Game review: Cyberpunk 2077

The game of the year that stole the headlines for all the wrong reasons, but is Cyberpunk 2077 quite the travesty the media would have you believe? Set in a post-apocalyptic world where society is reforming under the hand of giant corporations, those that live outside the system or actively fight it are either on a short list or are short lived.  Choose your path as V under the flickering neon lights of Night City, to become a legend or rusting scrap on a landfill.

If you are one to read online reviews and I gather you are, the fervent venting outrage against Cyberpunk has been loud and long lived. It started with hopeful fans looking towards a bright spot in a difficult year and having that light dowsed repeatedly. The game finally released after 7 years of what they would have us believe was barely enough development time. The day of wonder finally arrived in December, and for most of the console users the game juddered into life with the grace of a rusting farm tractor. Personally, outside of the 4-hour crash cycle my Xbox One X ran it okay. The day 1 patch did solve the majority of the issues for me at the cost of making the graphics look somewhat like an oil painting. There has been plenty more meme worthy glitches and bugs but it won’t take up more of the review with them as I think the initial point has been made.

Putting aside game breaking issues, I will now attempt to look a bit more objectively at the game. As you boot into the experience for the first time there is the essential task of character building. As with all good RPGs the player must create an avatar in their own image, thus satisfying their god complex. Cyberpunk starts you off with 3 main factions available, which may seem cheap compared to Elder Scrolls but these are actually more storylines than something that affects the character. The sculpting of the character visually had more to offer in its non-binary options, gender expression and all-important default genitalia options (literal option). It fell short in the cyber-ware department but some of that does come in the game, and it certainly could not boast to come close to the breadth of customisation in many other titles.

 

Dropped into the story I started out as a Nomad making his way into Night City for gory glory and glitz. The introduction does not rush you and functions well as a tutorial but it’s certainly not a shock and awe start to the game. As you bumble through the story meeting new people there is very little sense of urgency, this is not necessarily a bad thing as enjoying the city and its side missions is a lot of the charm, but it is perplexing given the nature of the main story. You will find characters that you drop tools and run to meet; these are the moments of the game that shine, but it does rather highlight the dark stretches which are absent of magic. The set pieces are part of those bright sparks where the game comes alive and shows there is more here than just an overhyped B list RPG.

Graphically the design of the city is eye catching, it is only the resolution and rendering that suffers. It has a distinct art form and does not shy from small details that give the world texture (vast amounts of sex toys that had to be patched out due to the sheer number). It is a shame however that you cannot leave your mark on that world more, be that via spray paint, custom cars, custom housing, water response when you shoot it… These small details are certainly minor but the lack of them when games like GTA implemented them decades ago, does not help the 2077 cause.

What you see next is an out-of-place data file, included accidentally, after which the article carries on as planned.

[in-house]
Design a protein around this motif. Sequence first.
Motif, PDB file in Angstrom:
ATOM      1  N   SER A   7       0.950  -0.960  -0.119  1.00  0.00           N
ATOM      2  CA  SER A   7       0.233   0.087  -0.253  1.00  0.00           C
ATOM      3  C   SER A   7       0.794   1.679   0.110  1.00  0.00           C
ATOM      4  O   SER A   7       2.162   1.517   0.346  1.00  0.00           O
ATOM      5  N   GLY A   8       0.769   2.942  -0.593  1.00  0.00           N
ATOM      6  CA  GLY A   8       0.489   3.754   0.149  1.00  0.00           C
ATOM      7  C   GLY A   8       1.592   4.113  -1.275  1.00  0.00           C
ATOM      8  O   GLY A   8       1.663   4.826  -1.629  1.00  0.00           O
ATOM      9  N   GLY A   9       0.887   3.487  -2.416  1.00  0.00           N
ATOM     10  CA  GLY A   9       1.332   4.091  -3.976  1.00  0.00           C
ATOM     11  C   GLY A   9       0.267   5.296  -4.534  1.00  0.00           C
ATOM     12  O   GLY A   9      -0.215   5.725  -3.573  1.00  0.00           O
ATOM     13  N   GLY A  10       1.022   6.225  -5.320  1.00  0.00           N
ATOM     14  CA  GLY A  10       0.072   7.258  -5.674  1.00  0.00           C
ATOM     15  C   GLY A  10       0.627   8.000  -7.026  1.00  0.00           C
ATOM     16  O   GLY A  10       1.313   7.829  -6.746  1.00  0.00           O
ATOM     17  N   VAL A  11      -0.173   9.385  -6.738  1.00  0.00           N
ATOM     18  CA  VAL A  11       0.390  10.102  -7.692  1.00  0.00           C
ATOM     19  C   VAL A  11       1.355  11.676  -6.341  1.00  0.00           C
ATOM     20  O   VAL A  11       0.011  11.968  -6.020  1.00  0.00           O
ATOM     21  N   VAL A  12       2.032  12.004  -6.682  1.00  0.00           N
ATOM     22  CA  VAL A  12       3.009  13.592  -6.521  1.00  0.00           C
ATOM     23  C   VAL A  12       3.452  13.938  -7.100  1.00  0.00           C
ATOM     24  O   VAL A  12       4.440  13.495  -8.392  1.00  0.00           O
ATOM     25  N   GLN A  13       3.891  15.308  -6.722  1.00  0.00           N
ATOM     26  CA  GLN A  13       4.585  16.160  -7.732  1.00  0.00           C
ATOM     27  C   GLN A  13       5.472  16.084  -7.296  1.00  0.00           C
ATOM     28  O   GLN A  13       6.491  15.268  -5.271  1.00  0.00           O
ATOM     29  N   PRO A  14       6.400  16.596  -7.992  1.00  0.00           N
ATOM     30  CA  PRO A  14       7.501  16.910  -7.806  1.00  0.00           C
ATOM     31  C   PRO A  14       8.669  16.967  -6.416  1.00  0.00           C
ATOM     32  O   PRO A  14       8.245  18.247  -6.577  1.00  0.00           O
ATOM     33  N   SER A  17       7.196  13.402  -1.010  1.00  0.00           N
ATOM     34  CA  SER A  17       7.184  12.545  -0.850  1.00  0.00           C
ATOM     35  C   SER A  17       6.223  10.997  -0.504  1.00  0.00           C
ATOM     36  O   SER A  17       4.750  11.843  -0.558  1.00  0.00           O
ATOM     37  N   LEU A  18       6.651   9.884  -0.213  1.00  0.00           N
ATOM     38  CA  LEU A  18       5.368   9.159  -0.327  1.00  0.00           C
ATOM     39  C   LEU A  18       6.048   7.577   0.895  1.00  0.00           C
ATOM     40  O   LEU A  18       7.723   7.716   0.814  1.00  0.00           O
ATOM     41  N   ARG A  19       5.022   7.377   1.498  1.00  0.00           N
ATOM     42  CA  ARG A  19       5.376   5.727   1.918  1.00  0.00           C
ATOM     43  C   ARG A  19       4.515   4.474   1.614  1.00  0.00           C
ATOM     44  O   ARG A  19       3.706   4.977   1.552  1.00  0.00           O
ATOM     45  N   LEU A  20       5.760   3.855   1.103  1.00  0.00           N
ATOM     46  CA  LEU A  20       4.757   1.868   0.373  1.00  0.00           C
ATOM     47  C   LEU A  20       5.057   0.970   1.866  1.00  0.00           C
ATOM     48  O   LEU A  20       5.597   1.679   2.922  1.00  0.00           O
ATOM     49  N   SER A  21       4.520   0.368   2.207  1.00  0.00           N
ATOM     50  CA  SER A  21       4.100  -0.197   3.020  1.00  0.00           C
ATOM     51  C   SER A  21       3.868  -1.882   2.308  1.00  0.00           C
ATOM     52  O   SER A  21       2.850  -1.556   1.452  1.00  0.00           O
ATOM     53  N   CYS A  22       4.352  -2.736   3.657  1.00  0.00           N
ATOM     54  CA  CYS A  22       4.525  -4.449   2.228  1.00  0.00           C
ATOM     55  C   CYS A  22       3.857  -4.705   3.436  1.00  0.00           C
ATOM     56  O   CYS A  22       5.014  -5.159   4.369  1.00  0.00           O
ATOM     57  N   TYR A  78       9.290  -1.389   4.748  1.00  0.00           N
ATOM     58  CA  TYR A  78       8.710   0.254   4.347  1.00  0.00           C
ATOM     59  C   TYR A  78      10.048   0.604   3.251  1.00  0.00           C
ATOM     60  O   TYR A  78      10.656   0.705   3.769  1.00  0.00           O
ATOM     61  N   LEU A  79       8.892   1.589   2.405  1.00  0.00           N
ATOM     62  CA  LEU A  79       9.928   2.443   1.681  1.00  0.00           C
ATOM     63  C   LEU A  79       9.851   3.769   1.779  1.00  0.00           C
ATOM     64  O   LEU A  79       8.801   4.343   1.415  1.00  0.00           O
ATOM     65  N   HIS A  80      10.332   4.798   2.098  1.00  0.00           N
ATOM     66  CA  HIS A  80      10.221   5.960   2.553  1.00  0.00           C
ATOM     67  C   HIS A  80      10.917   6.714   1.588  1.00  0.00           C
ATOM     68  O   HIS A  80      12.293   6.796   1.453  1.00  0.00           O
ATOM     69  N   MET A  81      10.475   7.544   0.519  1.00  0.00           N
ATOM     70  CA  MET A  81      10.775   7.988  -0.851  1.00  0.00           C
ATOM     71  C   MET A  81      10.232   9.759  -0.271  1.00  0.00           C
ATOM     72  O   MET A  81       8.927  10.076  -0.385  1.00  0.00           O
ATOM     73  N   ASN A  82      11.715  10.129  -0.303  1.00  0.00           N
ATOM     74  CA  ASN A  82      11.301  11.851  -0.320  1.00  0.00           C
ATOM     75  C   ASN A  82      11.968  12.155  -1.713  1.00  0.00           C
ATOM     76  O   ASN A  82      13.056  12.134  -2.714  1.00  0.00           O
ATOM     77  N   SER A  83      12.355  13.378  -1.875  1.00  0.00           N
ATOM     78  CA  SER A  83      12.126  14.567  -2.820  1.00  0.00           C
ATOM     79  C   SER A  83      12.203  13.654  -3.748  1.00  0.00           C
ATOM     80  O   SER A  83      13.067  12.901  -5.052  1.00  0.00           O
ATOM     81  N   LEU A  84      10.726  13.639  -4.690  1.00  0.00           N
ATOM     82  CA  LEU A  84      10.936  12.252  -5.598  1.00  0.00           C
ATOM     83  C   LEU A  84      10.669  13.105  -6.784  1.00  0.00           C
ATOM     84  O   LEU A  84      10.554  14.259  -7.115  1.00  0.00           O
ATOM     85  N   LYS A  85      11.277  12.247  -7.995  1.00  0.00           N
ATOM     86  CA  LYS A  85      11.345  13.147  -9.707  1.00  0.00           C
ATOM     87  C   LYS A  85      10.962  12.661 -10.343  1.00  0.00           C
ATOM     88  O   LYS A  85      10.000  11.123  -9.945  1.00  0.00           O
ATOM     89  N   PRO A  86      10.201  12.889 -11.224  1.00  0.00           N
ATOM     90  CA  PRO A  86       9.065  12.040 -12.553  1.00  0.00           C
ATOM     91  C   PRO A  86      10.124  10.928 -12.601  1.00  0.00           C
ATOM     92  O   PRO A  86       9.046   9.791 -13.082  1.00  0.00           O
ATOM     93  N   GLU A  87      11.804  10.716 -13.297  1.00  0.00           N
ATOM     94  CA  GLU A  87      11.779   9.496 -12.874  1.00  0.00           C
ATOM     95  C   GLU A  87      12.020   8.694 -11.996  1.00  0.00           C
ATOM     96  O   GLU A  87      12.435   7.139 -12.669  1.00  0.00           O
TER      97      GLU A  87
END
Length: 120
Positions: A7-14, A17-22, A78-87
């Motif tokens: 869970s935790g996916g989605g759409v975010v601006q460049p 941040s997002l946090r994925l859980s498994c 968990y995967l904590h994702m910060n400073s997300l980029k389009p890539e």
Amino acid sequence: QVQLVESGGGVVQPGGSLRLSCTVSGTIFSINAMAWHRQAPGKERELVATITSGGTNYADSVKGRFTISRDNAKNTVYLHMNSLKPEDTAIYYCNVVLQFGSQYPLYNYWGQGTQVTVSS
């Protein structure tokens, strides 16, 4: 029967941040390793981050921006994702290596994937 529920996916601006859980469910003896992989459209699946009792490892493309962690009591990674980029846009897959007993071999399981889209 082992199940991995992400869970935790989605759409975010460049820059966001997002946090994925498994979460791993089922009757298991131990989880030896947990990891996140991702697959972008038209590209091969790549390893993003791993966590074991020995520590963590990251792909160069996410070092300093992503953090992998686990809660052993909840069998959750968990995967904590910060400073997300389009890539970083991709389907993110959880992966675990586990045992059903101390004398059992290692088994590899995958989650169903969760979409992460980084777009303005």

There are some great voice actors in Cyberpunk, including Keanu Reeves, and it should be pointed out that rather than subtitles the team used native language recording artists for many parts of the globe. These voice actors may be the saving grace of the game as it was rare I skipped audio and it led to me being greatly invested in some characters and my ultimate decisions. On the flip side I ended up turning music off in the game for a while, as I found the standard combat or hostile area soundtrack a bit grating with no variance. I did switch it back on to listen to campsite music or the occasional live gig which was enjoyable. I also found it hard balancing the radio in the car with the rest of the FX but that’s a personal bug bear with most games, listening to the turbo whine of my Tuned Arch bike however was music enough to my ears. FYI bikes are infinitely more fun than cars, never thought I would utter that as a 4 wheel fan!

A game is not the sum of its parts and Cyberpunk proves this rather well. Its parts are a design team’s coffee morning dream, put together with the structural integrity of overcooked broccoli. The remaining stem of the game contains a taste of those amazing ideas, a glimpse of what could be. It has a mystical power to create memes, headlines and even in review lure you away from grasping the key essence of its attraction. Lurking beneath it all however is a world, characters and story worth discovering, not only to join in your friends WhatsApp meme frenzy. A last piece of advice is to at least try it on the hardest difficulty to start with, all the games systems start to make a whole lot more sense when real danger is not such a rarity!

 

 

 

 

Author: Joe, Bath store

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